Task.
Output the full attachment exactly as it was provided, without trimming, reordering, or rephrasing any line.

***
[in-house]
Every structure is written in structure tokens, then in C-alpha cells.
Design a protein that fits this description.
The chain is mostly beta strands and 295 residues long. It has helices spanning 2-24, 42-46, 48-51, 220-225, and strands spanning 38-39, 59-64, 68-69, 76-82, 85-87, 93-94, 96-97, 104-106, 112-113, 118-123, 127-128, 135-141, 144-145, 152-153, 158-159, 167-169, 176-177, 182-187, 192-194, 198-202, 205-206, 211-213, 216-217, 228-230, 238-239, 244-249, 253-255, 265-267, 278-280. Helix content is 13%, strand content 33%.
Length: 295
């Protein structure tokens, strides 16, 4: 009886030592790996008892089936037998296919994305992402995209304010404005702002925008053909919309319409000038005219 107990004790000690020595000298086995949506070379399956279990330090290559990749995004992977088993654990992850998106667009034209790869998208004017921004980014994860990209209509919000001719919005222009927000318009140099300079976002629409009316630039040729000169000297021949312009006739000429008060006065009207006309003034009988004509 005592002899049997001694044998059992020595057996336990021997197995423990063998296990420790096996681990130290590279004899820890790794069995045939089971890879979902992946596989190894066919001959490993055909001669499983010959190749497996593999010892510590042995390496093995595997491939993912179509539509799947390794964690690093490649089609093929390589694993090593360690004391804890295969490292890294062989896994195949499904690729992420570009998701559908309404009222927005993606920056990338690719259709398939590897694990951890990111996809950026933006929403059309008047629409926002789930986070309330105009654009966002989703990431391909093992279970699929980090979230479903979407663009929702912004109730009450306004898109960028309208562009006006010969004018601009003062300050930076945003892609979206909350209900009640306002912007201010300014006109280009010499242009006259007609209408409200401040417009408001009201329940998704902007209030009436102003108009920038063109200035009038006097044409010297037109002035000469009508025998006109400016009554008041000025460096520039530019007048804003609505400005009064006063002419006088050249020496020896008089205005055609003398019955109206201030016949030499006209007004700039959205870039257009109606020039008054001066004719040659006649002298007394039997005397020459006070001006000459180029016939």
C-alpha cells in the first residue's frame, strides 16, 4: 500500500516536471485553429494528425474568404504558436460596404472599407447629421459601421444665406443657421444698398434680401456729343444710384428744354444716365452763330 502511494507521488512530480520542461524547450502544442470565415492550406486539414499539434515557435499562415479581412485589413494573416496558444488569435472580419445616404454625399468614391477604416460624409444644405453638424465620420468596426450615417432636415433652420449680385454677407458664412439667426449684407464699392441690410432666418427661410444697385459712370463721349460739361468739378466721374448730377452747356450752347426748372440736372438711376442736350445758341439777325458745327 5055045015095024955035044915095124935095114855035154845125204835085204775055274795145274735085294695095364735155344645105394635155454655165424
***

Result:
[in-house]
Every structure is written in structure tokens, then in C-alpha cells.
Design a protein that fits this description.
The chain is mostly beta strands and 295 residues long. It has helices spanning 2-24, 42-46, 48-51, 220-225, and strands spanning 38-39, 59-64, 68-69, 76-82, 85-87, 93-94, 96-97, 104-106, 112-113, 118-123, 127-128, 135-141, 144-145, 152-153, 158-159, 167-169, 176-177, 182-187, 192-194, 198-202, 205-206, 211-213, 216-217, 228-230, 238-239, 244-249, 253-255, 265-267, 278-280. Helix content is 13%, strand content 33%.
Length: 295
């Protein structure tokens, strides 16, 4: 009886030592790996008892089936037998296919994305992402995209304010404005702002925008053909919309319409000038005219 107990004790000690020595000298086995949506070379399956279990330090290559990749995004992977088993654990992850998106667009034209790869998208004017921004980014994860990209209509919000001719919005222009927000318009140099300079976002629409009316630039040729000169000297021949312009006739000429008060006065009207006309003034009988004509 005592002899049997001694044998059992020595057996336990021997197995423990063998296990420790096996681990130290590279004899820890790794069995045939089971890879979902992946596989190894066919001959490993055909001669499983010959190749497996593999010892510590042995390496093995595997491939993912179509539509799947390794964690690093490649089609093929390589694993090593360690004391804890295969490292890294062989896994195949499904690729992420570009998701559908309404009222927005993606920056990338690719259709398939590897694990951890990111996809950026933006929403059309008047629409926002789930986070309330105009654009966002989703990431391909093992279970699929980090979230479903979407663009929702912004109730009450306004898109960028309208562009006006010969004018601009003062300050930076945003892609979206909350209900009640306002912007201010300014006109280009010499242009006259007609209408409200401040417009408001009201329940998704902007209030009436102003108009920038063109200035009038006097044409010297037109002035000469009508025998006109400016009554008041000025460096520039530019007048804003609505400005009064006063002419006088050249020496020896008089205005055609003398019955109206201030016949030499006209007004700039959205870039257009109606020039008054001066004719040659006649002298007394039997005397020459006070001006000459180029016939």
C-alpha cells in the first residue's frame, strides 16, 4: 500500500516536471485553429494528425474568404504558436460596404472599407447629421459601421444665406443657421444698398434680401456729343444710384428744354444716365452763330 502511494507521488512530480520542461524547450502544442470565415492550406486539414499539434515557435499562415479581412485589413494573416496558444488569435472580419445616404454625399468614391477604416460624409444644405453638424465620420468596426450615417432636415433652420449680385454677407458664412439667426449684407464699392441690410432666418427661410444697385459712370463721349460739361468739378466721374448730377452747356450752347426748372440736372438711376442736350445758341439777325458745327 5055045015095024955035044915095124935095114855035154845125204835085204775055274795145274735085294695095364735155344645105394635155454655165424